Accounting News Roundup: Apple Ponies Up; Big Lease Obligations; Walkbacks | 04.25.18

Apple Takes a Step on Payment of Back Taxes to Ireland [WSJ]
The company “completed an agreement” to put $16 billion into an escrow account to comply with an order from the European Commission. Ireland’s finance minister still disagrees with the ruling, but said, “as committed members of the European Union, Ireland is intent on complying with our binding legal obligations in this regard.”

Microsoft denies auditing partner KPMG’s anti-piracy work in India [Reuters]
Although a Microsoft executive explained that the company was “getting an assessment agency to carry out an audit of the process delivery at KPMG to identify and correct gaps” after a surprise inspection by a KPMG employee irritated a politician, the two companies jointly said that no auditing of auditors is going on.

This next accounting rule change will add liabilities to every balance sheet [MW]
In many cases, billions of dollars in lease obligations. Francine McKenna reports on a LeaseAccelerator study that found “76% of the companies reported that there will be a material impact resulting from the transfer of most ‘right-of-use’ assets and liabilities from footnotes onto the balance sheet.” The company in the report showing the biggest impact was Walgreens, with over $32 billion in leases.

Correction: New York Times, “Zelle, the Bank’s answer to Venmo, Proves Vulnerable to Fraud” [PwC]
In Monday’s ANR, we linked to a New York Times report about Zelle’s vulnerability to fraud, and blockquoted an excerpt that cited a PwC partner from the firm’s financial crimes unit as saying, “I know of one bank that was experiencing a 90 percent fraud rate on Zelle transactions, which is insane.” I like to read it in my best Crazy Eddie pitchman voice.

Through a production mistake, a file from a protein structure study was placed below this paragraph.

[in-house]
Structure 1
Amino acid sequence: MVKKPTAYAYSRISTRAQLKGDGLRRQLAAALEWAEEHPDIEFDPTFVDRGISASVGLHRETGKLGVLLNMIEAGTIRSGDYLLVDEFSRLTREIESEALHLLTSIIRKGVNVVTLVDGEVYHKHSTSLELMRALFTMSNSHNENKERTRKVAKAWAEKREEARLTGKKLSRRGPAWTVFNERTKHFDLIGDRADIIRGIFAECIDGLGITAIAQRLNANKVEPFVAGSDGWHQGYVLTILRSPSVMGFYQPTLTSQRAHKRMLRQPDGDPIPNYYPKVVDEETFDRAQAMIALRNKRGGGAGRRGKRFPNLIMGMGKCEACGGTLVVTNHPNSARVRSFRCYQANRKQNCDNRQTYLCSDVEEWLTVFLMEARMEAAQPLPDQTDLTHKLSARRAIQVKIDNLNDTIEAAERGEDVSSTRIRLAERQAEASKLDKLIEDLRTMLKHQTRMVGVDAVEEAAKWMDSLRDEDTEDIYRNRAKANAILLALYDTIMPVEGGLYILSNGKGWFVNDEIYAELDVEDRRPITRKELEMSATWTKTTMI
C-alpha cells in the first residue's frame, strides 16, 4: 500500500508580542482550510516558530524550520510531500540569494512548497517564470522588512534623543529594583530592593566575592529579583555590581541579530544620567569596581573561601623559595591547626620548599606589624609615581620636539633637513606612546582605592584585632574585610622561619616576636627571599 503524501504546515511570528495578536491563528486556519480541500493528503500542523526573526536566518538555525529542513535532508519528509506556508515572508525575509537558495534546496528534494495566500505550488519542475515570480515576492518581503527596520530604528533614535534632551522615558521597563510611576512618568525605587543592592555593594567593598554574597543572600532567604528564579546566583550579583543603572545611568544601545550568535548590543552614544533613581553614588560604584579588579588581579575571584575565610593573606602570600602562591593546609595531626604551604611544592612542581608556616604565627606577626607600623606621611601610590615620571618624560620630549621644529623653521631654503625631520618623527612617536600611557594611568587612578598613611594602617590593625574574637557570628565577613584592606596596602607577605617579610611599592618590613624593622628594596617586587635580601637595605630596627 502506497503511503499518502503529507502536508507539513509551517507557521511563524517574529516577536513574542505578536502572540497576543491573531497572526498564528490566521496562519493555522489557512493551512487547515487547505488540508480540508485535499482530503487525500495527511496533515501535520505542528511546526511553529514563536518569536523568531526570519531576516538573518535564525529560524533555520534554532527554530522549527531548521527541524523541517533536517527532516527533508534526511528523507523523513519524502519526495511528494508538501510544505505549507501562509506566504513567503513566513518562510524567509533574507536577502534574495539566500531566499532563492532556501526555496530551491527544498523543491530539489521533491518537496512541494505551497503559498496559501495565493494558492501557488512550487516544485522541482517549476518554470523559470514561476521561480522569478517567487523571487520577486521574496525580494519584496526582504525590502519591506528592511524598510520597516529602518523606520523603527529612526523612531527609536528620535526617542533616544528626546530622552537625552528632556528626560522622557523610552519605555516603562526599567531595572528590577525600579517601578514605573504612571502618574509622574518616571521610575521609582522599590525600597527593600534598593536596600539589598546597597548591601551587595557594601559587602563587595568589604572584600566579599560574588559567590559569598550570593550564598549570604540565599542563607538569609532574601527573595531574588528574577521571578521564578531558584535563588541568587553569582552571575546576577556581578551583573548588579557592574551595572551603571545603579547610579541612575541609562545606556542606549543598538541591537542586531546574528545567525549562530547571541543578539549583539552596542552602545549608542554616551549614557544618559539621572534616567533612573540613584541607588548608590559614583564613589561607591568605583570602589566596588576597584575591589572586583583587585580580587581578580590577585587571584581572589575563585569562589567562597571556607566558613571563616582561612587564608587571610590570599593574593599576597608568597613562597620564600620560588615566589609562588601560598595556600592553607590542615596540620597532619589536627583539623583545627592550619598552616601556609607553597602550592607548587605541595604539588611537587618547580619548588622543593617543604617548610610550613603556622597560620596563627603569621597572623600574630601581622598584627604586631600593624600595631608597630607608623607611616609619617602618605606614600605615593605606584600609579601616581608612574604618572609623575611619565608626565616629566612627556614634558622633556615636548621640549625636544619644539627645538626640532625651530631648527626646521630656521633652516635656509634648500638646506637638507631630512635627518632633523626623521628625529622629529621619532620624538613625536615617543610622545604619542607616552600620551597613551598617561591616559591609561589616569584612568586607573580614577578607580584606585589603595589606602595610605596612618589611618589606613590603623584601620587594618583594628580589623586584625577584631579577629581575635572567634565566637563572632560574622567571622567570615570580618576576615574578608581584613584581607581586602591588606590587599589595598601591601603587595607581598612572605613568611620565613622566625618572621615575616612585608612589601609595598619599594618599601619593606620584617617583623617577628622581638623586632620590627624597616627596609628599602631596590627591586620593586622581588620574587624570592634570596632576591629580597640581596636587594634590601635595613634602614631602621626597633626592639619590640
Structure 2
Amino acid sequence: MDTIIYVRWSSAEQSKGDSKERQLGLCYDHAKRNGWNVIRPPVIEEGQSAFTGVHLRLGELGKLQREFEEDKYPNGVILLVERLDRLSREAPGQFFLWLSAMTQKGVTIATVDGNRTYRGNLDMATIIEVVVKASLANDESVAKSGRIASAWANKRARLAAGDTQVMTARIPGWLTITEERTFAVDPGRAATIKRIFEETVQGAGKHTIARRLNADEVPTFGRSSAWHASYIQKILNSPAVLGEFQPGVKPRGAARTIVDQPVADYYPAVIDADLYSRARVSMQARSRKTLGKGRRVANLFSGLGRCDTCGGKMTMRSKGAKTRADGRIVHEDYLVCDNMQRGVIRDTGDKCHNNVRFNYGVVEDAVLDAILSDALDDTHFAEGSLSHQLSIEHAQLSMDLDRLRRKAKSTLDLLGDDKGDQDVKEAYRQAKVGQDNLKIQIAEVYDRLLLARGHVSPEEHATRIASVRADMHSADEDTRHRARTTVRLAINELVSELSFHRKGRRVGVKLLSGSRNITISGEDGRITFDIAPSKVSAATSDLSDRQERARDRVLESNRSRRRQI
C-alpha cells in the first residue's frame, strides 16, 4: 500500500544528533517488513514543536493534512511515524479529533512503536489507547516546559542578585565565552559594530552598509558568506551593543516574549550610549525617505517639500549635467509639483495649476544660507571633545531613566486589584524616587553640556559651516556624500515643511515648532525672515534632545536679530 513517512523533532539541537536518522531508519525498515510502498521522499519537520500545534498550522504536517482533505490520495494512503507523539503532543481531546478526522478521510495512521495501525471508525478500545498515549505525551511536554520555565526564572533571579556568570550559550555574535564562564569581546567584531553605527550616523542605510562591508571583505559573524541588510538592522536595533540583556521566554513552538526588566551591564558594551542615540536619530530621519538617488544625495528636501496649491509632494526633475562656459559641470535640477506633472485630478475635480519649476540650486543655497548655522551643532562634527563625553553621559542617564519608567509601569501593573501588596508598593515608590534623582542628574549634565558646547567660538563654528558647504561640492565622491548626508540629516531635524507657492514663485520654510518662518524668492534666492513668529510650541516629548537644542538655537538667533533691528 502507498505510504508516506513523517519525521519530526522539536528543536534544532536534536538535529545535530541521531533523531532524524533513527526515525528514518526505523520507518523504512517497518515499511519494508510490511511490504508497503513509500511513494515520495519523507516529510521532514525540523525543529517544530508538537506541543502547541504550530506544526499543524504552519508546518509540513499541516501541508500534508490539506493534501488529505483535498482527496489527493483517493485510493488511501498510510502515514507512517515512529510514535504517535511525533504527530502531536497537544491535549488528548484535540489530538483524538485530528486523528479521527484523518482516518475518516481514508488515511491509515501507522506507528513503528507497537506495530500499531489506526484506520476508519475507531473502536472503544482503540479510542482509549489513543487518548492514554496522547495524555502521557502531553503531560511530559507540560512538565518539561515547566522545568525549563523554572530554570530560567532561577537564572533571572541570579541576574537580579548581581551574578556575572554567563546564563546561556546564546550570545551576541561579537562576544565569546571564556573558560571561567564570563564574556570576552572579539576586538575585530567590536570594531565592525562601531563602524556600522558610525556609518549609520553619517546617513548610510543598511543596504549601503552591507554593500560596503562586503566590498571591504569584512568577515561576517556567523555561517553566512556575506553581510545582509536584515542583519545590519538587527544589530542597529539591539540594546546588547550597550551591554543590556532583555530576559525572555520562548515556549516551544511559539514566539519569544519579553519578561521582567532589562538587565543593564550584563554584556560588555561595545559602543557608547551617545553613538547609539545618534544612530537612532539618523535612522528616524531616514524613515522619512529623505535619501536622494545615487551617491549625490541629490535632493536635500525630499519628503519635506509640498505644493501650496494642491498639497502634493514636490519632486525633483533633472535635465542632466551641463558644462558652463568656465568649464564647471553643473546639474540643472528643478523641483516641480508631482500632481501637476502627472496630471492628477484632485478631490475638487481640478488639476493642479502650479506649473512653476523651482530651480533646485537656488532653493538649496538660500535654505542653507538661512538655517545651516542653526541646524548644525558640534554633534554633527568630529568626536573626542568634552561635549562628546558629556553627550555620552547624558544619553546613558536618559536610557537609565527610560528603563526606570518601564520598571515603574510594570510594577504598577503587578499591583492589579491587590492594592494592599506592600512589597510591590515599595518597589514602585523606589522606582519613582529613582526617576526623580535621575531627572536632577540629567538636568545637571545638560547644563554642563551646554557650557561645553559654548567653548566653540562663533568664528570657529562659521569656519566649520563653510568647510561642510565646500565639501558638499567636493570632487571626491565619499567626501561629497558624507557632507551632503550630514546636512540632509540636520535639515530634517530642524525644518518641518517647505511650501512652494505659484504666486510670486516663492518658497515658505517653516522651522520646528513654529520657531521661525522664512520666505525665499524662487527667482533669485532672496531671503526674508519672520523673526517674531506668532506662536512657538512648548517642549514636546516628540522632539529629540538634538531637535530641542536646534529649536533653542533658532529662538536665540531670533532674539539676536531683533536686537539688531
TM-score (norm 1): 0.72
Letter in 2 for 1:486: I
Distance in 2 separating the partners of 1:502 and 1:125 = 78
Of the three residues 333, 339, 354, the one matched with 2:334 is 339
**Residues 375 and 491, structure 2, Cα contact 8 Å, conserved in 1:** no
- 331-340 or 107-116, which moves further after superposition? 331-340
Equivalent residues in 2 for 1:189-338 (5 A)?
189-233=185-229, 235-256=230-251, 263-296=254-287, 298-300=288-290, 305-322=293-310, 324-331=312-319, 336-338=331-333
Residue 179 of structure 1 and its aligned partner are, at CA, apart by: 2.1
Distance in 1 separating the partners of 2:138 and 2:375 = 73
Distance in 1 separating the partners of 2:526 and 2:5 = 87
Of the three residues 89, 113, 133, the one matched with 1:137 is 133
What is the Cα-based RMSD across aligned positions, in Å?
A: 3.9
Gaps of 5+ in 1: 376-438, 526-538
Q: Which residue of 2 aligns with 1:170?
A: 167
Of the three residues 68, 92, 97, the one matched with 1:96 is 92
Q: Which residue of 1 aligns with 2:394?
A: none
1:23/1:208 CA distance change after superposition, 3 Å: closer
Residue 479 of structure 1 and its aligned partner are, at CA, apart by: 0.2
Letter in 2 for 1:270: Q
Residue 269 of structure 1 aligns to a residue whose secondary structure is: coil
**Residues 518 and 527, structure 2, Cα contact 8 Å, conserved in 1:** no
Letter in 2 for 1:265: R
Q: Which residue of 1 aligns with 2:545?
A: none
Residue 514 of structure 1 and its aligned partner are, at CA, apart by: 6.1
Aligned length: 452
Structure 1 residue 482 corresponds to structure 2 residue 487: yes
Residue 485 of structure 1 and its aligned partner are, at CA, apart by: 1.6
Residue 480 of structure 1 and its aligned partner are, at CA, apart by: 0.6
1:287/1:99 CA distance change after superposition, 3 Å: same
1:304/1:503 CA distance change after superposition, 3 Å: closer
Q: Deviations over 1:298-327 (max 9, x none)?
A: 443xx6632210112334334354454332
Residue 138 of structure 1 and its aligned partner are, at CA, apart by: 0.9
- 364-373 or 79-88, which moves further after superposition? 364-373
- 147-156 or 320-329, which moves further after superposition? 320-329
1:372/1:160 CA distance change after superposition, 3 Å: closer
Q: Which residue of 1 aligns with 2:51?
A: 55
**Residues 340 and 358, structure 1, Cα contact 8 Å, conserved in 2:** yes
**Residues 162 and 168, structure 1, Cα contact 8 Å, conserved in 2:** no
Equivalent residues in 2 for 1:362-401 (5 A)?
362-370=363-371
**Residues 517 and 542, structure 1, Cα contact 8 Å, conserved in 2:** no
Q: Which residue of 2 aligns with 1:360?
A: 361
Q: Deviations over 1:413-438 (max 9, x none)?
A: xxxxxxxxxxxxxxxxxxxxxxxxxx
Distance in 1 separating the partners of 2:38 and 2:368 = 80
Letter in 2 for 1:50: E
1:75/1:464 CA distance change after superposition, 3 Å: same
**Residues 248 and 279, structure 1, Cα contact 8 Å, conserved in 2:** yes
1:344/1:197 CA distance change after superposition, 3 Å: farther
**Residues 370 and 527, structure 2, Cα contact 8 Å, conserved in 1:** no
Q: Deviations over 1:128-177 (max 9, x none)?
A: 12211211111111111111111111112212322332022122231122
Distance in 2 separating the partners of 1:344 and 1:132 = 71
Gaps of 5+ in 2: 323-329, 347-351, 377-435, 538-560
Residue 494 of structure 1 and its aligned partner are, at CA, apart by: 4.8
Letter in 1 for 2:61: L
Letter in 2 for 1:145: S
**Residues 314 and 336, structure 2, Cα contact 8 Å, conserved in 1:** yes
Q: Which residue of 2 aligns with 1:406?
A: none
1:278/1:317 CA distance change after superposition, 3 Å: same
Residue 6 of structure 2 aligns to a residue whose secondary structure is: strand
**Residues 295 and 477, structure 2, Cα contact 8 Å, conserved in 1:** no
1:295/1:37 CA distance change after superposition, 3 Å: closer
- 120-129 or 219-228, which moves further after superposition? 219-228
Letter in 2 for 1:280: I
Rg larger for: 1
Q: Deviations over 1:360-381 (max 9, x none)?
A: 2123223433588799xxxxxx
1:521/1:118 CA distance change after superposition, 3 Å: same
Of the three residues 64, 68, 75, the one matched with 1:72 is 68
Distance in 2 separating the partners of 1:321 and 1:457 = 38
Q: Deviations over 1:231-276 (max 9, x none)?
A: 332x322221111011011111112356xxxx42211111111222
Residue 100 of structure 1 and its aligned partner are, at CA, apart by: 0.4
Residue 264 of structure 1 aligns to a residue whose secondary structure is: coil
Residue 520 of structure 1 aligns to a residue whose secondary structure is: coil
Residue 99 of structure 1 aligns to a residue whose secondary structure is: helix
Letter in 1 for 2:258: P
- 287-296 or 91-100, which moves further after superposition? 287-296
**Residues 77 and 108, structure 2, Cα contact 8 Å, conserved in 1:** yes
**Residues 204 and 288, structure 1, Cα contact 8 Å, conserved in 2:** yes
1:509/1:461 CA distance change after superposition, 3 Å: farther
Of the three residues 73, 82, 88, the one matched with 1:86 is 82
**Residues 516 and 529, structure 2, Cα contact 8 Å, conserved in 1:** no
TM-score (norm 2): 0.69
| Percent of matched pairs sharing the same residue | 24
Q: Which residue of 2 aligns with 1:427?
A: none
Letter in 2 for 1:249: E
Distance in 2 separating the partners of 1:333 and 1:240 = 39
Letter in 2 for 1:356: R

Anyway, the firm has now walked that back:

PwC has determined the 90 percent figure is unsubstantiated. In addition, the statement could be read to incorrectly suggest that there is an issue with Zelle itself rather than merely pointing out that appropriate controls and procedures are needed by banks and other users in order to properly implement any new payment system. We recognize that most banks do have strong fraud authentication and fraud detection controls in place.

We regret the error and take full ownership.

We have contacted the New York Times to inform them the partner misspoke and to seek a correction.

The New York Times story remains unchanged at this time, and it won’t change, but also, it’s a little weird to see PwC correct a statement by one of its experts so publicly. This isn’t a couple of deer-in-headlights partners screwing up the Oscars; this is just a person — an expert in their field — telling a reporter what they know.

Has a statement from an Big 4 expert ever been corrected so publicly before? And do firms regularly go this far out of their way to add this much context? I confess to being ignorant about delicate PR matters such as these, so I asked a veteran PR person why a firm would do this and they suggested that it could’ve been prompted by an “Angry client?” or perhaps a “very angry client?” If someone out knows more, enlighten me.

Previously, on Going Concern…

Jason Bramwell shared the advice of controllers who work for universities.

In Open Items, someone is wondering about getting tax prep experience in a side gig.

From the archives: Auditor Made Nauseous By Computer Screens Needs Some Options

In other news:

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